Look carefully at what the prosecutor said. He had sat on the case too long, but the case was not to be prosecuted because too much time had passed. His concern was for the people in the theater, and if Jackie Galloway's civil rights had been violated, this was too small a matter to concern him. Finally, he takes the absurd position that criminal prosecution is unnecessary because Jackie can file a civil suit.
In short, the county prosecuting attorney placed a civil rights violation on a level lower than a traffic ticket. Even the smallest traffic ticket is prosecuted. If a person shoplifts a $2 item from a drugstore, the state prosecutes the offense, and then the merchant can file a civil suit. But discriminate against the blind in Jefferson County, and you can expect no help from the prosecutor.
A message has been sent out, and we cannot ignore that message. You can bet that our opponents won't ignore it either. Discrimination may be illegal, but it is okay, they 'll say. Laws that aren't enforced are useless.
The battle isn't over. But instead of fighting one theater owner, we have been forced now to also fight the one man whose job it is to enforce the law. Discrimination takes many forms and often is found in the most unlikely places.
The civil trial will not likely be heard until December, 1985, or early 1986. NFB has assured Jackie Galloway that she will have everything her attorney needs to insure that her case is successful. We will stand with her, united, because her cause is truly ours. Nor do we intend to let the prosecutor have the final word. NFB of Oregon has contributed funds to help support Supreme Court litigation that would force the prosecutor to bring criminal charges against Richard Wiley. We are consulting with attorneys who specialize in civil rights appeals, and will take such action as is appropriate to protect the rights of the blind.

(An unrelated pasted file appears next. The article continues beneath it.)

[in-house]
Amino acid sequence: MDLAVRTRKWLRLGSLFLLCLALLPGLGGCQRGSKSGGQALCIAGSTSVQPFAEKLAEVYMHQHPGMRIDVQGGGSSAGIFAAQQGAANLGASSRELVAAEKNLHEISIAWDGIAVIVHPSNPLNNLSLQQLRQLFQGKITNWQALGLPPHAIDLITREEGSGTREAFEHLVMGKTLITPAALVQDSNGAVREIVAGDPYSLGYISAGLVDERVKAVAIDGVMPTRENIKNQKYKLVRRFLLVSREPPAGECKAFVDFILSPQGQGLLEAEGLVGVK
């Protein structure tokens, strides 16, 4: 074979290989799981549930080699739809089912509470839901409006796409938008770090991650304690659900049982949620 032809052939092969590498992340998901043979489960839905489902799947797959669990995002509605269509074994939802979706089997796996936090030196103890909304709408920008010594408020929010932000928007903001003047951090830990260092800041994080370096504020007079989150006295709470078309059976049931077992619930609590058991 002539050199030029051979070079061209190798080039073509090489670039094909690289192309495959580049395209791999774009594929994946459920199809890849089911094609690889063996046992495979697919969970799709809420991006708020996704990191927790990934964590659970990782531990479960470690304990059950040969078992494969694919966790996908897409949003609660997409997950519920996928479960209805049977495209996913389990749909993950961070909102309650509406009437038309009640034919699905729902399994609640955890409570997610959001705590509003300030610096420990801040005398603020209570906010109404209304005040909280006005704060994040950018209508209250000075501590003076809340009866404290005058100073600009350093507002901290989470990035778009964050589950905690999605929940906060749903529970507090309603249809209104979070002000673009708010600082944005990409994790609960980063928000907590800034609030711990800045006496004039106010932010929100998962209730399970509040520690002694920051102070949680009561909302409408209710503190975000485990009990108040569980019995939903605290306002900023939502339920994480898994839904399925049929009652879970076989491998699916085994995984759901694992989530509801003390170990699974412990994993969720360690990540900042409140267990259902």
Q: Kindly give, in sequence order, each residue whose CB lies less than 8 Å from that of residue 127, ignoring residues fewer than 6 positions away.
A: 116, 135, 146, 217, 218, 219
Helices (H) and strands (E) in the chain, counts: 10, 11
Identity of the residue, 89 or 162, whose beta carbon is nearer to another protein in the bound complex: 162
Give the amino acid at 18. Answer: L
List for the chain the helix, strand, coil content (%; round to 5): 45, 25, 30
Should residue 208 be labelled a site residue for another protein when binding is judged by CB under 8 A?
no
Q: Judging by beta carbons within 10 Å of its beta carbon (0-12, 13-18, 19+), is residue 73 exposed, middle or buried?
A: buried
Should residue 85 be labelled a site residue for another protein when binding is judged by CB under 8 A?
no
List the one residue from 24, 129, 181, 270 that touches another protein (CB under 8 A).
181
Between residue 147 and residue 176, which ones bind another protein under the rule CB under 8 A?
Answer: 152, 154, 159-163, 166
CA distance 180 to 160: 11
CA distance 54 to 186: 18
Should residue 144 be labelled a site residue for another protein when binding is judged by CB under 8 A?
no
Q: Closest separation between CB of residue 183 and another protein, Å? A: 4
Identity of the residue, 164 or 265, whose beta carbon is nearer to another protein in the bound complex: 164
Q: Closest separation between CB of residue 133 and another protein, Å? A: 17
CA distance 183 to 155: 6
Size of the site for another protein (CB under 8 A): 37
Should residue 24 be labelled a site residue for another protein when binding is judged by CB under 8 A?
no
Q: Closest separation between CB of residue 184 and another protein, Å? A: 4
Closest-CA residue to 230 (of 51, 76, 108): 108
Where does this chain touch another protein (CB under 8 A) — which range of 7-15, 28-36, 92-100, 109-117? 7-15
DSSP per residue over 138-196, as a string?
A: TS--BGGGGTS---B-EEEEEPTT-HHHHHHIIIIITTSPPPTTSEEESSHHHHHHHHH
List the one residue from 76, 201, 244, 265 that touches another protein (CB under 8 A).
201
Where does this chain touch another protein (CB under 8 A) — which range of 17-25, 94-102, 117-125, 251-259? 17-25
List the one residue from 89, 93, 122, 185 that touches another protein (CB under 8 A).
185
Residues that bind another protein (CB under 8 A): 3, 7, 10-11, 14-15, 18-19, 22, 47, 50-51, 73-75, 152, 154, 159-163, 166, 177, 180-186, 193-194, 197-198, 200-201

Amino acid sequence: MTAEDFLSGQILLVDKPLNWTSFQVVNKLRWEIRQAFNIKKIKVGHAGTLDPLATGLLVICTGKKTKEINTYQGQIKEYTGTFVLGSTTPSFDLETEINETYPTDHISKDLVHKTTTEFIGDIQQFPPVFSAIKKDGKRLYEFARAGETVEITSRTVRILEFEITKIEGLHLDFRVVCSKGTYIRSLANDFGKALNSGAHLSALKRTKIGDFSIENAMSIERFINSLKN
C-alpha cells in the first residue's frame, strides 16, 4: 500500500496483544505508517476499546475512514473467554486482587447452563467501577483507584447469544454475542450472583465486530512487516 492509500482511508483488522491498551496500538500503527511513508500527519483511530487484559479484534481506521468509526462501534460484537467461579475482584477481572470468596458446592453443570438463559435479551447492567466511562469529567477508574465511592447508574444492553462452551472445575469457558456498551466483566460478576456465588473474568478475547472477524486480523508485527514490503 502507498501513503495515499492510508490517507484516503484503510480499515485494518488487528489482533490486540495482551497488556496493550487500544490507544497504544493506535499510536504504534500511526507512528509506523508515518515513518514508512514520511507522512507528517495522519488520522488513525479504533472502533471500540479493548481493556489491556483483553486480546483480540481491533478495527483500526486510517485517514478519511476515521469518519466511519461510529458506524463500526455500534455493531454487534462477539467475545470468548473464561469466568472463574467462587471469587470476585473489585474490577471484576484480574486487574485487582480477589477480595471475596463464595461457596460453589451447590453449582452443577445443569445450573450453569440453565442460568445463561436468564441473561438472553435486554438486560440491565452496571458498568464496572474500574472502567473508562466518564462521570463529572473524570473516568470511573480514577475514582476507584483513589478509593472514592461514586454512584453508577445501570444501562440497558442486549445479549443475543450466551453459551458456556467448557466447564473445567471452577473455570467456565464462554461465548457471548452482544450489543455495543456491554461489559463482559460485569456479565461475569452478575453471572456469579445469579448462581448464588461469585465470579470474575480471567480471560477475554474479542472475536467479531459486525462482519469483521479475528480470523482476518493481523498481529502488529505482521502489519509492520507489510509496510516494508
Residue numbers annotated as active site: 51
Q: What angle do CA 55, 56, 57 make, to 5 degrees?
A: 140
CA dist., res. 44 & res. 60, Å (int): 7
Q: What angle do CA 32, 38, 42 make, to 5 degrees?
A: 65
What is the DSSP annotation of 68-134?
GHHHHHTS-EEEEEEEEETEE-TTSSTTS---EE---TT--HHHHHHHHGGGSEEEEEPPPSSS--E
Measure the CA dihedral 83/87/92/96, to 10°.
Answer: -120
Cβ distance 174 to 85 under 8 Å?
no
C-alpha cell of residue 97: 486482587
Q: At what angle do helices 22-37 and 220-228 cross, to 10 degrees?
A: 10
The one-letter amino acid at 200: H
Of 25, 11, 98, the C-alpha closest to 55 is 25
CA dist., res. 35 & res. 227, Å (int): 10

It is important to emphasize that the actions we take in support of Jackie Galloway are most valuable in a broader sense. What we do to protect Jackie, we do to protect ourselves. Our legal system is based upon precedent. As a result, how the courts treat discrimination cases in the future is predicated upon how similar cases were treated in the past.
The justice demanded by the marchers has not yet been dealt. But the battle is far from over. We have the law on our side, and Jackie Galloway has a stout heart. She is becoming a true Federationist, and she recognizes the importance of the struggle she is helping to lead.
And in the end there will not only be "Justice for Jackie," but also for all of the blind of the state.